Further, for personalized theranostic and prognosis medicine, the genomic deoxyribonucleotide acid (gDNA) used for sequencing the human genome, the current meta-analyses at the different biosystem levels (i.e. RNA and proteins) and using different technological platforms induced a relative number of bias (i.e. intra- and inter-errors) [27,30,31]. To minimize such effects, deep analyses, interpretations and validations are requested. In this context, system biology much matters when OMICS are involved. Indeed and interestingly, one study on genetic variations between different species of Drosophila suggests that, if a mutation changes a protein produced by a gene, the result is likely to be harmful, with an estimated 70% of amino acid polymorphisms that have damaging effects, and the remainder being either neutral or weakly beneficial [6]. Nowadays, several databases describe the characteristics of variants in humans (e.g. frequency, location, their association between them and diseases) are available online (e.g. NCBI, OMIM, SNPedia, Human Gene Mutation, GWAS Central, Genebank) [25,26,32-36].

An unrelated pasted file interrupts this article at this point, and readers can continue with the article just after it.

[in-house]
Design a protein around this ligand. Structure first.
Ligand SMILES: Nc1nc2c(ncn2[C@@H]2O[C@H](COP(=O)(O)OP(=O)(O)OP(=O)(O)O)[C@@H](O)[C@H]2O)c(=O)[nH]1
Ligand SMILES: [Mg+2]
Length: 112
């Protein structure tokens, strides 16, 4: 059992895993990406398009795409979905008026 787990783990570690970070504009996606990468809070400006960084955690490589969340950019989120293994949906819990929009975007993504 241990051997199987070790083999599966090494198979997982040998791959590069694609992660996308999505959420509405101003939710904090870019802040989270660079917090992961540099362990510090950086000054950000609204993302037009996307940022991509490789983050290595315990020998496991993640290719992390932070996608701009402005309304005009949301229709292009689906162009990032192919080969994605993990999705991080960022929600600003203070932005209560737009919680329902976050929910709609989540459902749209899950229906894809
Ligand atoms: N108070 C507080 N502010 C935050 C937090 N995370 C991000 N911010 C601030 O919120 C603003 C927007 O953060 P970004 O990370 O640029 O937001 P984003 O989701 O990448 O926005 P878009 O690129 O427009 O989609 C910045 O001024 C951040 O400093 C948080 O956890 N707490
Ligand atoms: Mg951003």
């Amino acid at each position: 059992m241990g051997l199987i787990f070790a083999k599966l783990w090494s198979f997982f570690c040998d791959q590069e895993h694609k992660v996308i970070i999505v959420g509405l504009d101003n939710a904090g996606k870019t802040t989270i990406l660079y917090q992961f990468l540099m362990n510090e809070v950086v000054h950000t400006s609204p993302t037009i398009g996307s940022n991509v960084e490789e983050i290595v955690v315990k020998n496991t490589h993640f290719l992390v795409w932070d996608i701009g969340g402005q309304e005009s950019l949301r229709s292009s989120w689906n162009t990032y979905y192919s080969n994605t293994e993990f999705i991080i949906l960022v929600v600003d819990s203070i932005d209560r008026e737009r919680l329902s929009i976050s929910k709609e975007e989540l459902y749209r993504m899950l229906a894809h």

Until recently, GWAS have been mainly focused on associating SNPs with a particular clinical phenotype, which undoubtedly help a lot for personalized medicine [37]. Indeed, the identification of significant genetic variants of major effect or "modifiers" in complex diseases, can be used as markers for a specific disease such as age-related macular degeneration, diabetes, obesity, cancers, cardio- and neurovascular diseases (i.e. stroke) [28,38]. For instance, a point mutation in the APOE (apolipoprotein E) gene was associated with a high susceptibility of developing Alzheimer disease [39]. In more complex diseases, SNPs rather work in coordination as seen in the case of osteoporosis (i.e. SNP-SNP interaction within APOE gene) [40]. Besides, SNPs are relevant pharmacogenomic targets for drug therapy [41], and represent stable inherited markers which are useful for specie evolution or adaptation studies independently of an observable phenotypic impact [42].